import os


 class LocalSpecs(SpecSet):
     """ Datasources for collection from local host """
     conf_file = os.path.join(os.path.dirname(os.path.abspath(__file__)), 'sshd_config')

     sshd_config = simple_file(conf_file)


 @parser(LocalSpecs.sshd_config)
 class SSHDConfig(Parser):

     KeyValue = namedtuple('KeyValue', ['keyword', 'value', 'kw_lower'])

     def parse_content(self, content):
         self.lines = []
         for line in get_active_lines(content):
             kw, val = line.split(None, 1)
             self.lines.append(self.KeyValue(kw.strip(), val.strip(), kw.lower().strip()))
         self.keywords = set([k.kw_lower for k in self.lines])

     def __contains__(self, keyword):
         return keyword.lower() in self.keywords

     def __iter__(self):
         for line in self.lines:
             yield line

     def __getitem__(self, keyword):
         kw = keyword.lower()
         if kw in self.keywords:
             return [kv.value for kv in self.lines if kv.kw_lower == kw]

We added an imports to our skeleton to utilize get_active_lines() and namedtuples. get_active_lines() is one of the many helper methods that you can find in insights/parsers/__init__.py, insights/core/__init__.py, and insights/util/__init__.py. get_active_lines() will remove all blank lines and comments from the input which simplifies your parsers parsing logic.

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 from collections import namedtuple
 from insights import Parser, parser, get_active_lines
 from insights.core.spec_factory import SpecSet, simple_file
 import os

Since the sshd_config spec requires root access to access the /etc/ssh/sshd_config file we created a local SpecSet class called LocalSpecs` that will contain a local ``sshd_config spec that uses a local sshd_config file that does not require root access to read.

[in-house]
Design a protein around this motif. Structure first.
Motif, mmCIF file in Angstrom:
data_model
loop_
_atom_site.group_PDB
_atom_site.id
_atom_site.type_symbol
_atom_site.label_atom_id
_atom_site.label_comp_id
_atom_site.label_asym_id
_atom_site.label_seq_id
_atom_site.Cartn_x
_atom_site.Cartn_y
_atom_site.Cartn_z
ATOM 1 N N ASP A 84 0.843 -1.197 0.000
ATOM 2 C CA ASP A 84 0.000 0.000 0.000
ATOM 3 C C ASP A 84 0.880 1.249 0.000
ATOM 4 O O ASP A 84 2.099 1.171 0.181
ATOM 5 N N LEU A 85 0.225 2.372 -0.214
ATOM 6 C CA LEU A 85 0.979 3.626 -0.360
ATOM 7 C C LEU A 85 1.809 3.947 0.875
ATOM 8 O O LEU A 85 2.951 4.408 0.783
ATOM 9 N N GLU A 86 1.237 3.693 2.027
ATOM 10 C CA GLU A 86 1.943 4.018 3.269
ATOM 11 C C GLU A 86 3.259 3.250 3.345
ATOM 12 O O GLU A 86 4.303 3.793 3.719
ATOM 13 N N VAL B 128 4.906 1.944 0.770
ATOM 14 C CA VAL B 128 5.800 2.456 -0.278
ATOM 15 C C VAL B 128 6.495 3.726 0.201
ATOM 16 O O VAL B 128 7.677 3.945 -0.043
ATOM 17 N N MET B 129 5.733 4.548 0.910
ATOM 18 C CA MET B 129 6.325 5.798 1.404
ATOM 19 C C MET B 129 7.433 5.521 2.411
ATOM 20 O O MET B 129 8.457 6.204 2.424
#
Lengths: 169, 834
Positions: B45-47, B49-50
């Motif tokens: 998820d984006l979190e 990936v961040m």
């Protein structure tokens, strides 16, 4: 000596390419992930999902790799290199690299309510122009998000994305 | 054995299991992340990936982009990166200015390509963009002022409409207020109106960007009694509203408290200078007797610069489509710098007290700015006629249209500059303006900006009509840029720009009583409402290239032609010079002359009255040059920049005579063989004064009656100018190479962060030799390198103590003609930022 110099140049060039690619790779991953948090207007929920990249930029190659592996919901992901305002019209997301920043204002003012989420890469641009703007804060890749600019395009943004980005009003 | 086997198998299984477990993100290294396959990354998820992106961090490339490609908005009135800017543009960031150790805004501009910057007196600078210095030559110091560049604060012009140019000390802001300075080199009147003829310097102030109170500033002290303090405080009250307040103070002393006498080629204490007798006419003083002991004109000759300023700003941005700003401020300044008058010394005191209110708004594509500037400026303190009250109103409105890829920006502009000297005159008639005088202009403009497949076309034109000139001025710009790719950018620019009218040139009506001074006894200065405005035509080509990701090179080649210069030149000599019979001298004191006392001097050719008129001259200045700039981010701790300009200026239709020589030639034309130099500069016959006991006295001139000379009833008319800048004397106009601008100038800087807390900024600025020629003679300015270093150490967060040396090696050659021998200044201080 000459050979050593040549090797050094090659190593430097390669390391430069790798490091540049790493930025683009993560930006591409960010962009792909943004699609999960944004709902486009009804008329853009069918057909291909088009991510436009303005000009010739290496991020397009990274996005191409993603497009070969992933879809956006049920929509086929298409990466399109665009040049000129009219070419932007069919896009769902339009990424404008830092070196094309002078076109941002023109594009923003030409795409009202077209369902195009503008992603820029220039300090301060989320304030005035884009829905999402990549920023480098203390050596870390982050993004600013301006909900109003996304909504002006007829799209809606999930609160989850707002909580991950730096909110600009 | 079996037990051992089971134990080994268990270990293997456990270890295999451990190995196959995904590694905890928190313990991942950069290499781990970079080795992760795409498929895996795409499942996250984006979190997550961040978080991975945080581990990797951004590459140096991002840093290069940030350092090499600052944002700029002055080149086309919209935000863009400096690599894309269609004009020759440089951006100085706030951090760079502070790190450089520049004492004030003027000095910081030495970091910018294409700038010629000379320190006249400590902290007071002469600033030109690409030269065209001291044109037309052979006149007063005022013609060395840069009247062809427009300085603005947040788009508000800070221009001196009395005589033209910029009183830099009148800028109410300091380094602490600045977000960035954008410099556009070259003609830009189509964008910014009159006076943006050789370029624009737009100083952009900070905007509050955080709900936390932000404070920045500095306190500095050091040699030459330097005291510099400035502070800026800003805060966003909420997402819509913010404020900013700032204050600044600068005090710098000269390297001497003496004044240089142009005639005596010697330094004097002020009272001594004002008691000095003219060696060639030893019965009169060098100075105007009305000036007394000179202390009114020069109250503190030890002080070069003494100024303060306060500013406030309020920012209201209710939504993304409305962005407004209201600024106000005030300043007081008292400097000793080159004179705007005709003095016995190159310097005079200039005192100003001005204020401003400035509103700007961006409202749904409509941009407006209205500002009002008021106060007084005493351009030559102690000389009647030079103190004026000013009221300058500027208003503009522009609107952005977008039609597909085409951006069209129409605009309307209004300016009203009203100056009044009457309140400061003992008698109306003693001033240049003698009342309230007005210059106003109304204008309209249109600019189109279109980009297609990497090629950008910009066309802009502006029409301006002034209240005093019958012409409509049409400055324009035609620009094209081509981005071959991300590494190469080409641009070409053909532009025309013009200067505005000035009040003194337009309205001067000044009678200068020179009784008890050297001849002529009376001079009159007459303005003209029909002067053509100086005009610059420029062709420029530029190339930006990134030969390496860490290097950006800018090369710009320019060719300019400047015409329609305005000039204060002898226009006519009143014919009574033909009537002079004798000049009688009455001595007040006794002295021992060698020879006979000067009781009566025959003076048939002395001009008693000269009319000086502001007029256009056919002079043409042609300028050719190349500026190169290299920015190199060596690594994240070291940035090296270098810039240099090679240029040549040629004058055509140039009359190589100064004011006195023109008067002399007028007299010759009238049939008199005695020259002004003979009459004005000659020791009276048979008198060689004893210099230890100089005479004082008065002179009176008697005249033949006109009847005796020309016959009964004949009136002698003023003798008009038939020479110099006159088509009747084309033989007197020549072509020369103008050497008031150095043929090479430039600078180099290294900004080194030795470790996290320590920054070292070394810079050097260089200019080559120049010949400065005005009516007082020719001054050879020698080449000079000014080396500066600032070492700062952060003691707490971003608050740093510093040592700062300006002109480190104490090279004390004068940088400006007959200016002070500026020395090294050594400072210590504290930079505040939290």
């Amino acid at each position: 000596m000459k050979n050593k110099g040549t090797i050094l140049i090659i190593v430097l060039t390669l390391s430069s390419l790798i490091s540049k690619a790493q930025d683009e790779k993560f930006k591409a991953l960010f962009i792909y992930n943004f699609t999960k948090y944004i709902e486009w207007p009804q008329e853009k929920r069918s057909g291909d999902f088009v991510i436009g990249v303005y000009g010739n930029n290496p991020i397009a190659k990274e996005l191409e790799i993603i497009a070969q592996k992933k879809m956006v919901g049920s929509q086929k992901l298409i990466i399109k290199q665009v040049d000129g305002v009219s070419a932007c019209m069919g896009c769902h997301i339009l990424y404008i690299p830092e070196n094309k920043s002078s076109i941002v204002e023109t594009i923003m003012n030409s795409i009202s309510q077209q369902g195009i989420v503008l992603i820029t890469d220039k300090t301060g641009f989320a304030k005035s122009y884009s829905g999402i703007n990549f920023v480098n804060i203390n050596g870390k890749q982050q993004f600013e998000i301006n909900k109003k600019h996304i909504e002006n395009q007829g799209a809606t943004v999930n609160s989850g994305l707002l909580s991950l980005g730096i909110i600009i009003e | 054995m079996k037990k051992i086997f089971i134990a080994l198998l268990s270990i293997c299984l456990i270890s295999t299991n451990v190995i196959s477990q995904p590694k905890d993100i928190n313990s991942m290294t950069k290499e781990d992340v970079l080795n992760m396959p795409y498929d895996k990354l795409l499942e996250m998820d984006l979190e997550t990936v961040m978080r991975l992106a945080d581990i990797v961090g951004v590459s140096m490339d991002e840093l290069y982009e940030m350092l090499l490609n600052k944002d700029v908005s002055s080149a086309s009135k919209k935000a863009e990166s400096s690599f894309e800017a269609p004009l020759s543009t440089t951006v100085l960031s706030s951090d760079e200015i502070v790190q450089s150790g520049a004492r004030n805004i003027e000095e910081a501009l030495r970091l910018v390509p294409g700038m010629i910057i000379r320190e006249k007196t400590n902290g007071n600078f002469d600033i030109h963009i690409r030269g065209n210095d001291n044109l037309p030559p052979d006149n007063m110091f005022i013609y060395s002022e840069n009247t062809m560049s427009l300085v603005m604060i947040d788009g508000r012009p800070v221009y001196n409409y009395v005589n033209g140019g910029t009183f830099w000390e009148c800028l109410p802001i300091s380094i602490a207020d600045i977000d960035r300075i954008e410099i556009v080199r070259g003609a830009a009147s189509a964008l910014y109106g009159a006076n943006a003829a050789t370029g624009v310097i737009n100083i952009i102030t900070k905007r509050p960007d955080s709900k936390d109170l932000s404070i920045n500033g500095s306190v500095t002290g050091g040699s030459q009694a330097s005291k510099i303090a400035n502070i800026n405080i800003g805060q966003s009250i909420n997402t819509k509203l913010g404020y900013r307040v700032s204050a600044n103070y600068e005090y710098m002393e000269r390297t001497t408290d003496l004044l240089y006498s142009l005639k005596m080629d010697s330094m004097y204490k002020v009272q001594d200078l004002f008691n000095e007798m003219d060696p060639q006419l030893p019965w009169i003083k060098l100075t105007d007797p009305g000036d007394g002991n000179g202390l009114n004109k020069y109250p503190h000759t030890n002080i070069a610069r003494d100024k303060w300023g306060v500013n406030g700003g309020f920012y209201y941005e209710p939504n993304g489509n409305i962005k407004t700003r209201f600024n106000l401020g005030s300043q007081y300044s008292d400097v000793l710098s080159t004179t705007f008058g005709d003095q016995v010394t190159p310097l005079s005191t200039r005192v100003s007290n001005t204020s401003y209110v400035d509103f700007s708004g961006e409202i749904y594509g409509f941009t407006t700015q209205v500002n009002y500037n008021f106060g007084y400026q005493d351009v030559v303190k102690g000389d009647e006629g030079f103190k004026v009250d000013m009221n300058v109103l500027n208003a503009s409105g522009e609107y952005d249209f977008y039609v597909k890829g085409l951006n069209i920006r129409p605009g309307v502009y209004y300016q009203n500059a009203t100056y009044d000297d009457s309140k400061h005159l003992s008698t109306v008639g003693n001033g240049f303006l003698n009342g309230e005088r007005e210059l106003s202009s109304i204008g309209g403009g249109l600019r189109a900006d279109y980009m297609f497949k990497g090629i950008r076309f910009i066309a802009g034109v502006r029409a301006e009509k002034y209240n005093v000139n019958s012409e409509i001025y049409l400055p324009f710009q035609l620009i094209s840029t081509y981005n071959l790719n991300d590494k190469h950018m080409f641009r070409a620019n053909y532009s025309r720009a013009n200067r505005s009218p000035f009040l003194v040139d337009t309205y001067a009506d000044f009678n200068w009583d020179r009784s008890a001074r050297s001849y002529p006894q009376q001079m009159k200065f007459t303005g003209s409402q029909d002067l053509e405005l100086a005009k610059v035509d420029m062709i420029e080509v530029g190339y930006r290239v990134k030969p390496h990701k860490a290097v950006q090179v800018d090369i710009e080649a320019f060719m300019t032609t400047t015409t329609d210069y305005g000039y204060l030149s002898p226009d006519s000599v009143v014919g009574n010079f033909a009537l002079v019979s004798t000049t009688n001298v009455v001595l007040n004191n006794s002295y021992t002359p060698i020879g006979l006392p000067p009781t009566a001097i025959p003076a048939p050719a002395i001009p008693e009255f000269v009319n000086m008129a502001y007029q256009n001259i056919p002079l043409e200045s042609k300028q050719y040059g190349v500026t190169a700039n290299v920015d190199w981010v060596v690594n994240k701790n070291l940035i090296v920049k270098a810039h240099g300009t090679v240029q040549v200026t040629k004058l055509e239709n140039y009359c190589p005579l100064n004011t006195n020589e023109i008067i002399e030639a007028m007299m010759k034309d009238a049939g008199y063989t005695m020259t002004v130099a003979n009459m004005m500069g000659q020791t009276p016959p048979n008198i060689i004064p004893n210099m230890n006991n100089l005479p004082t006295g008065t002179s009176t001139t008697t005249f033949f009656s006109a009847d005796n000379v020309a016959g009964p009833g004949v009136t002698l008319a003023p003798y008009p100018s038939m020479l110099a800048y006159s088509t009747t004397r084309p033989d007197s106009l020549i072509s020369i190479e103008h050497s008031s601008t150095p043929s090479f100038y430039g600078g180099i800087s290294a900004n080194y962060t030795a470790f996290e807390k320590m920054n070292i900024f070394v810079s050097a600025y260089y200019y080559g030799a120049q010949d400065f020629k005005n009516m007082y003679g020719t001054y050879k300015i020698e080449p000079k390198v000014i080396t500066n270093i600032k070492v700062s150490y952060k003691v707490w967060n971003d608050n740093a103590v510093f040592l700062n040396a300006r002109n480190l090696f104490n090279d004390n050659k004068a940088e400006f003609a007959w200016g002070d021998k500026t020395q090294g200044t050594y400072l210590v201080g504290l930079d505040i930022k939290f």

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 class LocalSpecs(SpecSet):
     """ Datasources for collection from local host """
     conf_file = os.path.join(os.path.dirname(os.path.abspath(__file__)), 'sshd_config')

     sshd_config = simple_file(conf_file)

To get the ssh_config file needed for the local sshd_config spec you can copy it from ~/work/insights-core-tutorials/insights_examples/parsers/sshd_config to the ~/work/insights-core-tutorials/mycomponents/parsers directory as shown below.

(env)[userone@hostone insights-core-tutorials]$ cp ./insights_examples/parsers/sshd_config ./mycomponents/parsers/

We can use namedtuples to help simplify access to the information we are storing in our parser by creating a namedtuple with the named attributes keyword, value, and kw_lower where kw_lower is the lowercase version of the keyword.

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     KeyValue = namedtuple('KeyValue', ['keyword', 'value', 'kw_lower'])

In this particular parser we have chosen to store all lines (self.lines) as KeyValue named tuples since we don’t know what future rules might. We are also storing the set of lowercase keywords (self.keywords) to make it easier to determine if a keyword is present in the data. The values are left unparsed as we don’t know how a rule might need to evaluate them.

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     def parse_content(self, content):
         self.lines = []
         for line in get_active_lines(content):
             kw, val = line.split(None, 1)
             self.lines.append(self.KeyValue(kw.strip(), val.strip(), kw.lower().strip()))
         self.keywords = set([k.kw_lower for k in self.lines])

Finally we implement some “dunder” methods to simplify use of the class. __contains__ enables the in operator for keyword checking. __iter__ enables iteration over the contents of self.lines. And __getitem__ enables access to all values of a keyword.

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     def __contains__(self, keyword):
         return keyword.lower() in self.keywords

     def __iter__(self):
         for line in self.lines:
             yield line

     def __getitem__(self, keyword):
         kw = keyword.lower()
         if kw in self.keywords:
             return [kv.value for kv in self.lines if kv.kw_lower == kw]

We now have a complete implementation of our parser. It could certainly perform further analysis of the data and more methods for access, but it is better keep the parser simple in the beginning. Once it is in use by rules it will be easy to add functionality to the parser to allow simplification of the rules.

Parser Documentation

The last step to complete implementation of our parser is to create the documentation. The guidelines and examples for parser documentation is provided in the section Documentation Guidelines.